Montclair Planning Board: Plofker Plan For Diva Lounge Finalized; Watchung Parking Lot Discussed

The Montclair Planning Board

With the Seymour Street arts district largely behind it and an application for the Lackawanna Plaza redevelopment project yet to be formally submitted, the Montclair Planning Board took it easy at its October 16 meeting, going over and passing two resolutions for previously approved projects.  Both applications were represented by attorney Alan Trembulak.

The first resolution memorializes the approval for a new apartment unit wing that developer Steven Plofker is adding to the back of the old Ford dealership on Bloomfield Avenue that until recently was the Diva Lounge.  The resolution bars any future effort to add stories to the original Bloomfield Avenue structure itself, but board member Anthony Ianuale was unclear as to how such a clause would be enforced.   Board attorney Arthur Neiss said that the specific ban as stated in the resolution would make that clear, and Trembulak elaborated that, with the resolution on file, any future developer or building owner who wanted to redo the structure would have to go over the resolution in the municipal records and would see the restriction as worded.  The band emphasizes the need to preserve the historic aspect of the original building, which Planning Director Janice Talley specified.

Board member Martin Schwartz, meanwhile, reminded Neiss that Plofker had agreed to attempt to match the architectural detail of the additions to the building with the surrounding architecture.  The resolution as written noted that the walls on the north and east elevations lack such detail and should blend in with the elements of the original building, but Schwartz suggested that the resolution should also specify that the architecture of the new additions also reflect other buildings in the immediate vicinity.  He said that Plofker had in fact agreed to do that.  Plofker is also required to meet with the board’s revisions committee to finalize the architectural detailing.

Board member Carmel Loughman asked if the board gets a final design when they go through anything that may have changes.  Talley said that if developers have to be changed before they get their building permits, they have to file final plans.  “We always do a resolution compliance review of those plans that are submitted,” she told Loughman, “to make sure that they comply with the conditions of the resolution.”  Schwartz added that the board’s more meticulous overview of the Seymour Street project was necessary because so much detail had been left open and not fully detailed and rendered in that case, while the Plofker project involved a much smaller area.  Ianuale questioned the wisdom of requiring the architectural detail to resemble the adjacent buildings, but Schwartz explained that the Plofker design should not have to look like the other buildings, only to harmonize with them.  The board passed the resolution 8-0 (board member Carole Willis and Chairman John Wynn, whose place was taken by Vice Chair Keith Brodock, were absent).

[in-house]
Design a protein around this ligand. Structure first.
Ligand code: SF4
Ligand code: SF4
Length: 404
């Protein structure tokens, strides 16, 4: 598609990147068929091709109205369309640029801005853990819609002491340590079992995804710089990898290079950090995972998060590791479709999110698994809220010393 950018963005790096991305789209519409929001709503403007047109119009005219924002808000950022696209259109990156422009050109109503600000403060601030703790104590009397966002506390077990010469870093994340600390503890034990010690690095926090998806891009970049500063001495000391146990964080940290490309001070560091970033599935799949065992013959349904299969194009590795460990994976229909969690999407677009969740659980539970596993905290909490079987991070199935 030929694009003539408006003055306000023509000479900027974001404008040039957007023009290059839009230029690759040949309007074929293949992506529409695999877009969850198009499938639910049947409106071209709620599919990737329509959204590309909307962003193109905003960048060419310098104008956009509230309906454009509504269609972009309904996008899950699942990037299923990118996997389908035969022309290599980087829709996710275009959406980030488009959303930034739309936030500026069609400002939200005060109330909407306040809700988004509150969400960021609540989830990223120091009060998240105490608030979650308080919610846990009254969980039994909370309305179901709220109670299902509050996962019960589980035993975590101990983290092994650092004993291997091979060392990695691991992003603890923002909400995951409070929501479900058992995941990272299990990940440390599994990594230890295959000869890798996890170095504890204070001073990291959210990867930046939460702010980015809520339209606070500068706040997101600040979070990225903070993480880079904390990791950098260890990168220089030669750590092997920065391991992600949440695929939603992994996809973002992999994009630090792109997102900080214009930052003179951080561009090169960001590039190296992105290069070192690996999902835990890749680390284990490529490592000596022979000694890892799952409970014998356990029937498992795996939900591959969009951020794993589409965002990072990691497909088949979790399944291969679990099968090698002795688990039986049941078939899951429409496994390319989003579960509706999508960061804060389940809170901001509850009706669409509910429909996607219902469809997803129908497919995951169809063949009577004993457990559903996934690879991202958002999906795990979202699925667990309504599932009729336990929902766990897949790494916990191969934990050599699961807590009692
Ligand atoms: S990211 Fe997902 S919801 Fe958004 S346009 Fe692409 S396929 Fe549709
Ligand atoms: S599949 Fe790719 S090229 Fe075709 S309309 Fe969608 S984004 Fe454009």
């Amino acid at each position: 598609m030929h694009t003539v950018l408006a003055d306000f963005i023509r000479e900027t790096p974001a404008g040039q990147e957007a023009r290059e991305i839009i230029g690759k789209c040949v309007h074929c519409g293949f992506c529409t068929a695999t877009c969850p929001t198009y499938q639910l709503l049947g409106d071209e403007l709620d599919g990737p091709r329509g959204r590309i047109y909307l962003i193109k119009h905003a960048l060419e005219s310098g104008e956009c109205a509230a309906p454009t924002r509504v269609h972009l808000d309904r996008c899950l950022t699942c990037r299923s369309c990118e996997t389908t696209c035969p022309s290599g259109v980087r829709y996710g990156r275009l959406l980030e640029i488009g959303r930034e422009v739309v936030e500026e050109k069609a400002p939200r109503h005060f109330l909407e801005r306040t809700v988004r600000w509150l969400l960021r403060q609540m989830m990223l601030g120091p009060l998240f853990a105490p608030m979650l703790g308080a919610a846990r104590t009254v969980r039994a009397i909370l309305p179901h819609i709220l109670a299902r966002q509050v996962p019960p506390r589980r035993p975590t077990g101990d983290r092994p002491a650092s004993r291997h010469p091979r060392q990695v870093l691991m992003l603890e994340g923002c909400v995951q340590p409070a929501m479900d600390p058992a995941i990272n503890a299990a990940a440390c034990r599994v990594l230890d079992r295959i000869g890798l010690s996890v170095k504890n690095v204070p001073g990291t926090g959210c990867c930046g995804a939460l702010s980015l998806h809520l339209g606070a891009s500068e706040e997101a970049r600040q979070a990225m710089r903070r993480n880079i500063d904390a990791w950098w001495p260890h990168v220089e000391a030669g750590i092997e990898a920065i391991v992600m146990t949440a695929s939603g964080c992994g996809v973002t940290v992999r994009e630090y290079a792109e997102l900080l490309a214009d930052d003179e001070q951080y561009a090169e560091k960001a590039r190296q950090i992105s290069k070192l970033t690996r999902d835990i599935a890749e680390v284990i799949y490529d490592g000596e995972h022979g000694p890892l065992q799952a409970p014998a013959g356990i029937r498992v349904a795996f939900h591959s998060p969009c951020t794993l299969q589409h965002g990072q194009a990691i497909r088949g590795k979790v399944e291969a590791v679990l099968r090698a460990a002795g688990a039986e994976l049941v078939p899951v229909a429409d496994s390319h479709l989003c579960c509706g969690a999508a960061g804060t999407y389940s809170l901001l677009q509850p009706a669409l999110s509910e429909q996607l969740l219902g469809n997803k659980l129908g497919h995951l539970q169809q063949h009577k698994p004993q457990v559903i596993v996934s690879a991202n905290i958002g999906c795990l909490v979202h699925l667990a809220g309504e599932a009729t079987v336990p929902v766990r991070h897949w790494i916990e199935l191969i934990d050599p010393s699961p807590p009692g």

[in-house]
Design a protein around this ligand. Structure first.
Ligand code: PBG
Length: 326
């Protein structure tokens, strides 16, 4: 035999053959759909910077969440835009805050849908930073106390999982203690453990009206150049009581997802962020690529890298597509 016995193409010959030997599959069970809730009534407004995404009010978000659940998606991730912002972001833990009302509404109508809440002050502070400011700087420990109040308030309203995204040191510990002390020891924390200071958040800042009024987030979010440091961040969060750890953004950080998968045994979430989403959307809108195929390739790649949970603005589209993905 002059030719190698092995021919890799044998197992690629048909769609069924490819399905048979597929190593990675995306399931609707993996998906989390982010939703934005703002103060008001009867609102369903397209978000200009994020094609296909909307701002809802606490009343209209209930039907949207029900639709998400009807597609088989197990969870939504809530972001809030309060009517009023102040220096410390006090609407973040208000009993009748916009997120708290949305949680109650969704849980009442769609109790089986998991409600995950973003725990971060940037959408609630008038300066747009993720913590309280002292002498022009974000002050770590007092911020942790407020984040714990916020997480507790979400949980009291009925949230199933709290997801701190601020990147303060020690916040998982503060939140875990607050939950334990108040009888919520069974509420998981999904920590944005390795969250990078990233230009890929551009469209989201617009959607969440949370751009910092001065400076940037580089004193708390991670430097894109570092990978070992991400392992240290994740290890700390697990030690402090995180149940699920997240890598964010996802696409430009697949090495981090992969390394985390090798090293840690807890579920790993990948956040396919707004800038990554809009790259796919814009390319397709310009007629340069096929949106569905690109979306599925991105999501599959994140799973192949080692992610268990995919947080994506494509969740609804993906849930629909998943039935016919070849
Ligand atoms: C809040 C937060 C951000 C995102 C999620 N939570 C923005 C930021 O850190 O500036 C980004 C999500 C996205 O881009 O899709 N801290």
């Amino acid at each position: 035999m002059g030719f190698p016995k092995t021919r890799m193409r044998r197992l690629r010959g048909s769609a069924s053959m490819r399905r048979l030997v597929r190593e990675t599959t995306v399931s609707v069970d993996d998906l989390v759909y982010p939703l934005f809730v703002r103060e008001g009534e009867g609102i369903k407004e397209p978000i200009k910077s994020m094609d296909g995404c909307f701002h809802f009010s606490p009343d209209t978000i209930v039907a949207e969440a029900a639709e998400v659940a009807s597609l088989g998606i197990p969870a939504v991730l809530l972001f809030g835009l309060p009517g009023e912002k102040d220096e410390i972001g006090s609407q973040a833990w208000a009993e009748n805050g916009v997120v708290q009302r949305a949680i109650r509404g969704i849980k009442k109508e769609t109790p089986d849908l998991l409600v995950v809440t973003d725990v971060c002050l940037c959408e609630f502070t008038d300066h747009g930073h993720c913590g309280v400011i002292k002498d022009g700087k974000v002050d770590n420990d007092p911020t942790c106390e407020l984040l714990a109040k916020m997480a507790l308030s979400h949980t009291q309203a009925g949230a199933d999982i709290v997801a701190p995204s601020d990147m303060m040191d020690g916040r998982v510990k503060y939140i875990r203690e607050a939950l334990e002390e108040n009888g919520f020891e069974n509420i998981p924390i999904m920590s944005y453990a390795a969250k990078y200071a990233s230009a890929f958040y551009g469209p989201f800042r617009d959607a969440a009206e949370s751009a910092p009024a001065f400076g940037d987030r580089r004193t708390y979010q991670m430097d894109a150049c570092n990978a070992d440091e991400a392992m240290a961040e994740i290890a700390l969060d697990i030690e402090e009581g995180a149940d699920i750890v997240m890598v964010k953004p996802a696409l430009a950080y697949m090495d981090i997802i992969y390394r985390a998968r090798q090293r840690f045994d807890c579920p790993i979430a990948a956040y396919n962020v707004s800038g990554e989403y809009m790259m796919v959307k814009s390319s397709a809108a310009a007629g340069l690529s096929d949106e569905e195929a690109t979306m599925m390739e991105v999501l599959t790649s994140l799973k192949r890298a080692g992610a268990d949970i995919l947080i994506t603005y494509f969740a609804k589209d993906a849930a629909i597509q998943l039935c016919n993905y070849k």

The board then turned approving a sign for the small strip storefront complex at 122 Watchung Avenue.  Planning Board members, including Deputy Mayor / Second Ward Councilor Robin Schlager, whose ward includes the property, said that the storefronts needed to be spruced up before they would consider the sign application.  The application, which was heard in September, is for a monument sign at the foot of the parking lot along the sidewalk.

Attorney Alan Trembulak testifies at a Montclair Planning Board meeting on a sign application for the property at 122 Watchung Avenue.

Trembulak, speaking for the applicants, testified that the owners of the property had met the demands of the board.  The numerous eyesores – a pay phone, most of the freestanding signs relating to parking rules, poles close to the sidewalk, and hanging wires, have all been removed, and there are plans to resurface the parking lot and to restripe it with new handicapped-parking spaces, as well as add Belgian-block curbing to the edges.  The applicants had also agreed to landscape two interior areas of the parking lot – the area where the sign would be and on the opposite side of the center island.  The landscaping would include grass and low-growth shrubs, with native plantings.  Trembulak said he could submit a landscaping plan to the board.

One issue that literally stuck out for the board was a long, thin pipe sticking out of the southwestern corner of the parking lot that appears not to be in use.  Trembulak said that the applicants need to see if the pipe, which could be an oil-tank relief pipe, could be removed.  If not, the pipe, which is currently capped, could be cut down closer to the surface and capped anew to make it less conspicuous.

The offending pipe (lower left) in the parking lot at 122 Watchung Avenue. Image courtesy of Google.

The board was generally supportive of the applicants’ efforts to clean up the property; Deputy Mayor Schlager was particularly pleased with how the appearance of the property had been improved since the board first considered the sign.  Ironically, board member Tim Barr lamented the banner placed in front of a security vehicle bearing the words “CUSTOMER PARKING ONLY” that made the property look “unfriendly” and “out of place.”  Although the issue is not in the Planning Board’s purview, Trembulak said he’d speak to his clients about it.  The board approved the sign 8-0.

At the end of the 40-minute meeting, Deputy Mayor Schlager, as the council’s liaison to the Planning Board, informed the board that the council voted to send the Lackawanna Plaza redevelopment plan back to the Planning Board to handle the project.  After a meeting of the council’s Economic Development committee, members of that committee will advise Talley on how to proceed on the matter.


  1. The boundaries of the proposed traffic study area need to be expanded because the EDC recommendation excludes the impact of the Seymour Street Redevelopment project.
    That project also includes a new 310 car Midtown Deck on upper Glenridge Ave.